Fabian Cancellara rode an imperious race to take victory at the Ronde van Vlaanderen, powering away from the field on the Paterberg before slipping into time trial mode and easing his way to the line. His nearest competitor Peter Sagan finished over a minute behind, while his biggest rival Tom Boonen (Omega Pharma-Quick Step), didn’t finish at all.
The day started in typically lively fashion, with many riders buzzing around near the front of the peloton excitedly in the hope of slipping away in a break. Although it took a while, one did eventually form. Jetse Bol (Blanco), Jacob Rathe (Garmin-Sharp), Tosh van der Sande (Lotto Belisol) and Michael Morkov (Saxo-Tinkoff) were the big names (or at least small names on big teams) off the front, while there were also three representatives of Pro Continental Belgian teams in the break, getting all-important TV air time for their sponsors.
By the time they had escaped, reigning champion Tom Boonen had already climbed into the back of an ambulance, with the population of Belgium feeling the pain of a bruised hip and a wound to the left elbow every bit as much as Boonen did. His Spring Classics campaign had been cut short by a crash inside the opening 20km, and while his injuries weren’t too serious they’re enough for him to be ruled out of Paris-Roubaix next weekend.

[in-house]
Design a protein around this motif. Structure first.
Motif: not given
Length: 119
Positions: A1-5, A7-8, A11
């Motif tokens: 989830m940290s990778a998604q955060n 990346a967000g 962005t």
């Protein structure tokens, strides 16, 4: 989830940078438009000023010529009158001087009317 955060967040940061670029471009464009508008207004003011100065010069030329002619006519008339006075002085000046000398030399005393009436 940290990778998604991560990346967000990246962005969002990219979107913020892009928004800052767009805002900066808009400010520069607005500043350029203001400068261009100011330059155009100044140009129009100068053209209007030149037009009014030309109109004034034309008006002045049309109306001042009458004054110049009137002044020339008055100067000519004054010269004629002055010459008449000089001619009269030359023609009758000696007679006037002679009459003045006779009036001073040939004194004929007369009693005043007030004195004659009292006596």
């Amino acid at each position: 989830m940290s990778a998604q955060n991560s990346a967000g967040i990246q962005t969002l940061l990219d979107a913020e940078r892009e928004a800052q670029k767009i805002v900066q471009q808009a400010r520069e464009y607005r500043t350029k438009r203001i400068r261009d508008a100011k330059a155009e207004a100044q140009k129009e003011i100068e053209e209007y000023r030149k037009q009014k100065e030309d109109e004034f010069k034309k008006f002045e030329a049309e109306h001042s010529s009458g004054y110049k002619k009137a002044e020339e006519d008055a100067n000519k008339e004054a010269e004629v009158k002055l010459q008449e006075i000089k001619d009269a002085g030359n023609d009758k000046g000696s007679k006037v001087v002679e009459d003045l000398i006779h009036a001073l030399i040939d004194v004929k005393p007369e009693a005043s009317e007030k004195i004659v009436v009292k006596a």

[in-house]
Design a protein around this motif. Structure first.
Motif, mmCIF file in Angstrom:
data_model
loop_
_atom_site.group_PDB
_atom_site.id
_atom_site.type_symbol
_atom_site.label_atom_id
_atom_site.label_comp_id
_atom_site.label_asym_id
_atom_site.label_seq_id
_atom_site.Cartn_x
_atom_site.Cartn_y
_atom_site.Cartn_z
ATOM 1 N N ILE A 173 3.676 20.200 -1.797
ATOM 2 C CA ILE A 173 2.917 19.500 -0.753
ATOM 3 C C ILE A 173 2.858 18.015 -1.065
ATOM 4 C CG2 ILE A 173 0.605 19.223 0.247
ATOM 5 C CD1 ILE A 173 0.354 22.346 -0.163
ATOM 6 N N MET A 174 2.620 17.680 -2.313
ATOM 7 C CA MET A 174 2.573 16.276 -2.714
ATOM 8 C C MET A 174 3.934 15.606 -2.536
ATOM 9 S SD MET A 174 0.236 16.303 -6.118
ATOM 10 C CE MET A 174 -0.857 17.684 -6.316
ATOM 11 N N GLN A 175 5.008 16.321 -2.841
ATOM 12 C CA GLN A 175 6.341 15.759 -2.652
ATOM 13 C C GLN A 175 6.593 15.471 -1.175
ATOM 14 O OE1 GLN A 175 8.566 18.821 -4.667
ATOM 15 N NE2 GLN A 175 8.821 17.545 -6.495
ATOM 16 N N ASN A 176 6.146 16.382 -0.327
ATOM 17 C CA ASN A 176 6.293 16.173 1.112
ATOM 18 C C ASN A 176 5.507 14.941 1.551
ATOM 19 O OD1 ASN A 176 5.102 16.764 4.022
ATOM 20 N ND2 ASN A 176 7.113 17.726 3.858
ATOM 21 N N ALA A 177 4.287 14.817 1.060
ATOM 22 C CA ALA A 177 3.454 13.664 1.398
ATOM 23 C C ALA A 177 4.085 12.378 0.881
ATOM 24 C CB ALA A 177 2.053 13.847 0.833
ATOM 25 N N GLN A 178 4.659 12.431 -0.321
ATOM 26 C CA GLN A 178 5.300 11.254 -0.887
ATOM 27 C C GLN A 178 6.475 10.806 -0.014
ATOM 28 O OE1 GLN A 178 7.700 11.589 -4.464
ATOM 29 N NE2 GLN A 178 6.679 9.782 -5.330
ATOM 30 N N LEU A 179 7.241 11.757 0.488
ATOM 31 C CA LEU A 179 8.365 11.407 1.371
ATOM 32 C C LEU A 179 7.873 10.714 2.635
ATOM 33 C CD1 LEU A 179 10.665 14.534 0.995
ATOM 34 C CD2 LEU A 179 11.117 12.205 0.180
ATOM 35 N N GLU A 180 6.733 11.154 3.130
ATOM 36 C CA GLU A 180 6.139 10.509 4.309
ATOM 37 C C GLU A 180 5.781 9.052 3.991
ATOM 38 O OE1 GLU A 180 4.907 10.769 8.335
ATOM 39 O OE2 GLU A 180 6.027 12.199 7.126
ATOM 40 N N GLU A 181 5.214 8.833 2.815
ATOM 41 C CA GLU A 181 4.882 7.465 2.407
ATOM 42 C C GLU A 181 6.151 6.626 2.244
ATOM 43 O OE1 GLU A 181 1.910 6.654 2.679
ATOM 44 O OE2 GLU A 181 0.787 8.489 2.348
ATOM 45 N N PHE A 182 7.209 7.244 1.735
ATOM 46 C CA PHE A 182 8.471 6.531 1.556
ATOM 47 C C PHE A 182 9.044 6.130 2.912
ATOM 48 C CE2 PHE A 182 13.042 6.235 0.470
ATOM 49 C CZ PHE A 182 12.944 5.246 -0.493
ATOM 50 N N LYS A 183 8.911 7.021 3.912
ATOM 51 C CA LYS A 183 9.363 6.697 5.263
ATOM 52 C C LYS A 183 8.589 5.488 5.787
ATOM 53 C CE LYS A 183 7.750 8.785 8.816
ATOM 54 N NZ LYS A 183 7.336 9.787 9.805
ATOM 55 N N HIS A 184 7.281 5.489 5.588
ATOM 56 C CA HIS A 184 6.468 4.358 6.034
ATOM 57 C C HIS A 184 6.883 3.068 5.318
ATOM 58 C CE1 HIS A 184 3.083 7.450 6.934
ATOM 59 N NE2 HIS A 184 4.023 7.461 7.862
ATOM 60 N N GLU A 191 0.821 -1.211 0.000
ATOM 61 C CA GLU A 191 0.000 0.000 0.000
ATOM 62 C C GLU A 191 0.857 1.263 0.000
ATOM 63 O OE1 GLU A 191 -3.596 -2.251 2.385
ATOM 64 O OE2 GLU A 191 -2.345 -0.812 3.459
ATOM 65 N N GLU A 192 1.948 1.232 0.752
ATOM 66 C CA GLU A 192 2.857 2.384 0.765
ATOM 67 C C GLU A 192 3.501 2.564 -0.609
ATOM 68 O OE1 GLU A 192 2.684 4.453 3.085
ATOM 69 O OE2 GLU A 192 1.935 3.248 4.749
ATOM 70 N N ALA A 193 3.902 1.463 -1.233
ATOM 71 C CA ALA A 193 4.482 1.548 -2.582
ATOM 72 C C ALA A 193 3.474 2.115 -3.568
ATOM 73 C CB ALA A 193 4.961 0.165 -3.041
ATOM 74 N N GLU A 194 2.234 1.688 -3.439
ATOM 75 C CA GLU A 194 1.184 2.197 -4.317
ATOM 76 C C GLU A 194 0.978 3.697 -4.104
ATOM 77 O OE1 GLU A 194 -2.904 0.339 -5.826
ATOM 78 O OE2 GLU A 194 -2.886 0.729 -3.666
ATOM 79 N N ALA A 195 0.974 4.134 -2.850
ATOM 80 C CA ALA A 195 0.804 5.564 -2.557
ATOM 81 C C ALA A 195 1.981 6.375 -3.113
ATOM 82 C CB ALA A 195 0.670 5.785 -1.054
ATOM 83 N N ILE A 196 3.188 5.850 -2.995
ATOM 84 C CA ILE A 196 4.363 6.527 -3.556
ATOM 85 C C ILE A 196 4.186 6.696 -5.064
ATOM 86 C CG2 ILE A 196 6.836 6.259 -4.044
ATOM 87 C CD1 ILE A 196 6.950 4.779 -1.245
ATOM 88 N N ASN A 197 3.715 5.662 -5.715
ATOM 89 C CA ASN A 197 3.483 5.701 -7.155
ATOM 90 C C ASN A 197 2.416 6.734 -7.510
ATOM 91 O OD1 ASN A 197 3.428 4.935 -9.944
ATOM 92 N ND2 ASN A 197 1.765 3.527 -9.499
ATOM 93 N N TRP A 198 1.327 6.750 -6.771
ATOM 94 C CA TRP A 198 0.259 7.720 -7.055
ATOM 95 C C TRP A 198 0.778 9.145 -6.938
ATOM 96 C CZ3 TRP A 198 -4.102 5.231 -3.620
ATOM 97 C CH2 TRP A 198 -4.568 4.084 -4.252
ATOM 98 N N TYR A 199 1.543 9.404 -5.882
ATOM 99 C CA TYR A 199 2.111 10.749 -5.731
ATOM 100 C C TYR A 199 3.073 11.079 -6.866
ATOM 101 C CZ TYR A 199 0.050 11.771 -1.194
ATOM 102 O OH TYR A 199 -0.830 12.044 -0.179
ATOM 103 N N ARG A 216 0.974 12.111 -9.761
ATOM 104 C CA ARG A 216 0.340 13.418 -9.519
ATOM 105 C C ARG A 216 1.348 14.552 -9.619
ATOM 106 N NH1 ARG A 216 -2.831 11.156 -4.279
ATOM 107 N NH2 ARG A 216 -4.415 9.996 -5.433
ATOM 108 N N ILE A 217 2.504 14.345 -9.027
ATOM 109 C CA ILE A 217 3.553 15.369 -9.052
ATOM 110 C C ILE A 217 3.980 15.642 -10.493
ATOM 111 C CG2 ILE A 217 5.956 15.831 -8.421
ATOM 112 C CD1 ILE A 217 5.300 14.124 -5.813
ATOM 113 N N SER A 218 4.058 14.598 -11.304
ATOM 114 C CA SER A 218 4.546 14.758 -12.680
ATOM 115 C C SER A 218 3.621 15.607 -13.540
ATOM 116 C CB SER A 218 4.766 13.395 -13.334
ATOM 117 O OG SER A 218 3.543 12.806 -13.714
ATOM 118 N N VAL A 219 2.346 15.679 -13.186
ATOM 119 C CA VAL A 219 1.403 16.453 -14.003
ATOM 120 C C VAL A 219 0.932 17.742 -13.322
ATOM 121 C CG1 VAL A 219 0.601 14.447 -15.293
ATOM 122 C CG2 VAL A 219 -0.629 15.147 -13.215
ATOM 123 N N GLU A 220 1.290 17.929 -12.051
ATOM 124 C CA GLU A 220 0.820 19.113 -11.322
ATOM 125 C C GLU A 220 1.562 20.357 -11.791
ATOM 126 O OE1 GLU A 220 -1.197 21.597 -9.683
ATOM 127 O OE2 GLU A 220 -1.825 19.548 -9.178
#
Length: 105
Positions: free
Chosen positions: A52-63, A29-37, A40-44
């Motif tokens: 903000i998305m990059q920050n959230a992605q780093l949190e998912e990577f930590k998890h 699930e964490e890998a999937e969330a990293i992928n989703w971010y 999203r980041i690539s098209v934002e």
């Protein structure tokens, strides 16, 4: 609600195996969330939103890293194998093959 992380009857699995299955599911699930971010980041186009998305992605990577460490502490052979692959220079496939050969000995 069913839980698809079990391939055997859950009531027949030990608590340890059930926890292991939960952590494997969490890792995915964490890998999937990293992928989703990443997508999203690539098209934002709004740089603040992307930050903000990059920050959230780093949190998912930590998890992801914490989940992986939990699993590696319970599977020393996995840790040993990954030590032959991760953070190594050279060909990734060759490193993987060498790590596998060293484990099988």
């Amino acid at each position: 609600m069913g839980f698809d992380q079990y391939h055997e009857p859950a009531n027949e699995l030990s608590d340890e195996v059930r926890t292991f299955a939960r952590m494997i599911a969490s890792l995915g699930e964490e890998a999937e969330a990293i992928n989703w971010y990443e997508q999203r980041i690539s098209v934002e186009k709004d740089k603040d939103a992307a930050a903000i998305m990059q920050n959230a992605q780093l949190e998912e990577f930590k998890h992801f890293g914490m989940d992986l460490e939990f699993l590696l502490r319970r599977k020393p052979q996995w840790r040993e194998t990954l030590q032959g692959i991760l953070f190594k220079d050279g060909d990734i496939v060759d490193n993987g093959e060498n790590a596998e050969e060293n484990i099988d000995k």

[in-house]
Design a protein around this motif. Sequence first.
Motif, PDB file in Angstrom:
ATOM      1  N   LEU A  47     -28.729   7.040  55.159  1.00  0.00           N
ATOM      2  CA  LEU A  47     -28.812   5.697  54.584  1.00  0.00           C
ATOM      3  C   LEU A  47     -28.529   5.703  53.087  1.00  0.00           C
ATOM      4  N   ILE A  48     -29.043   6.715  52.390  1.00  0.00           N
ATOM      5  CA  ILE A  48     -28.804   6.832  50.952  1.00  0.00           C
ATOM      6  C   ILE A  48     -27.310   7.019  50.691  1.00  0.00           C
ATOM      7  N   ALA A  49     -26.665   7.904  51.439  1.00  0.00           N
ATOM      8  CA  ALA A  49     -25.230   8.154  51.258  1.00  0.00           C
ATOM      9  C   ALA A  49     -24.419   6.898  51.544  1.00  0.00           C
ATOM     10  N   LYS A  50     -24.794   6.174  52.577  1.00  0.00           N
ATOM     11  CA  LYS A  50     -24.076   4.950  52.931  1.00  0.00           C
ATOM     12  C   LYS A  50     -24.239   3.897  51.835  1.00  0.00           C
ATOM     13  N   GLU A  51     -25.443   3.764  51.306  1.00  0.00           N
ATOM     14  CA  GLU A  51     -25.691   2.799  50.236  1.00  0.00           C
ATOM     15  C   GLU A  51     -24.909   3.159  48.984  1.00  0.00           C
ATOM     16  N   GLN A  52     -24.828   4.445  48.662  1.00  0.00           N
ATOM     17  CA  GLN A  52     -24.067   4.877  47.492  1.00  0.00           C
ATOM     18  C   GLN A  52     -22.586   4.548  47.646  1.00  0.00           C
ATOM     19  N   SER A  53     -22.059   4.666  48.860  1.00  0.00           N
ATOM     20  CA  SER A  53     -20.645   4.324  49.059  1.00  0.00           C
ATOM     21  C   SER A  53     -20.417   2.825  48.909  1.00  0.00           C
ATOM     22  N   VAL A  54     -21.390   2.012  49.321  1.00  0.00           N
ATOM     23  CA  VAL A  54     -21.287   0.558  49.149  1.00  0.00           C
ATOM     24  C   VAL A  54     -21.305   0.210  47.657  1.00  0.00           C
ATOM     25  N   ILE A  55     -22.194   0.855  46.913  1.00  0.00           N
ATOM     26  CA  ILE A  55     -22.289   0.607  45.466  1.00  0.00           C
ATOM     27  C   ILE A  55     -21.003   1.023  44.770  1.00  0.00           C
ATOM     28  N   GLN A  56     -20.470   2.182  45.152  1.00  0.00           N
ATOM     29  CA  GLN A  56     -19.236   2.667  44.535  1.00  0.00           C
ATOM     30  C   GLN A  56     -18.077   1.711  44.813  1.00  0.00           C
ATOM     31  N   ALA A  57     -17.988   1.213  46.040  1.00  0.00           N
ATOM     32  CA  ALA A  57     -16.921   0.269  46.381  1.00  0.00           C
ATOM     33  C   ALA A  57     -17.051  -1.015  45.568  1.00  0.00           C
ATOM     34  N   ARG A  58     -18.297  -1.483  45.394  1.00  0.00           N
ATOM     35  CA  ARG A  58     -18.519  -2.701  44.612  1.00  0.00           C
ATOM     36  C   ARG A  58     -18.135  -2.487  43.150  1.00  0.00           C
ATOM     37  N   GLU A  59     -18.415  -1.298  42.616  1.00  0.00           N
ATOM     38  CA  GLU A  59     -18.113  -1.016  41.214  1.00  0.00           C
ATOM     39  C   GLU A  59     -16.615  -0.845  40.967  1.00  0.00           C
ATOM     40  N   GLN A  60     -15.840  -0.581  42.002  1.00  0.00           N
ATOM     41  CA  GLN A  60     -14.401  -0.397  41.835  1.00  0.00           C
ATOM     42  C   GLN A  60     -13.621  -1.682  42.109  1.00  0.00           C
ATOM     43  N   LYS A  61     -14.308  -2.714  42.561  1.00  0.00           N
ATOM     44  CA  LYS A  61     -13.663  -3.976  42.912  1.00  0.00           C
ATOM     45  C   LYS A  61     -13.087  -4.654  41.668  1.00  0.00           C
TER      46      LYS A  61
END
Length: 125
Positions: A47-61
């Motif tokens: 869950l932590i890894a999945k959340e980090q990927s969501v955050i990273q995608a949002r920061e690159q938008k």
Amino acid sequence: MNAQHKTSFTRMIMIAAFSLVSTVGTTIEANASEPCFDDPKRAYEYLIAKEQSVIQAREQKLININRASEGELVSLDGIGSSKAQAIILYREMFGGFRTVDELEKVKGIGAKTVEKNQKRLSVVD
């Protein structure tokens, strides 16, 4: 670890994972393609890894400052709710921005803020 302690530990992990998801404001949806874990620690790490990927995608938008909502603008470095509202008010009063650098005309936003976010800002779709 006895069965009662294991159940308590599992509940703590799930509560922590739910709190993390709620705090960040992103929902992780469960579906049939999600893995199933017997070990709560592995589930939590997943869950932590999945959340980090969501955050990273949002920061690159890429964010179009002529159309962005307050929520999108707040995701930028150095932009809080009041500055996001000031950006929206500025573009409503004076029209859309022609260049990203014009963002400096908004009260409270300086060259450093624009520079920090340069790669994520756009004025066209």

Things didn’t start to properly get interesting in racing terms until the Molenberg, with just over 120km of the race to go. Andre Greipel (Lotto Belisol) attacked off the front of the peloton, followed by the strong Classics duo of Maarten Tjallingii (Blanco) and Michal Kwiatkowski (Omega Pharma-Quick Step), along with two riders from Europcar.
It didn’t take long for the new breakaway to catch the old one, merging to create a group which the peloton – and in particular the team of favourite Fabian Cancellara (RadioShack-Leopard) wasn’t all too keen to let away. The striped Leopards quickly amassed at the front of the peloton and shut the gap to just a few seconds.
But, they didn’t fully bring it back, and on the Rekelberg Marcel Sieberg (Lotto Belisol) attacked, making it across to the lead group which was quickly disintegrating. It was clear Lotto Belisol had something up their sleeve, as Sieberg was their third rider in the breakaway, which was allowed to open up a bigger advantage after a crash involving rank outsider Sep Vanmarcke (Blanco).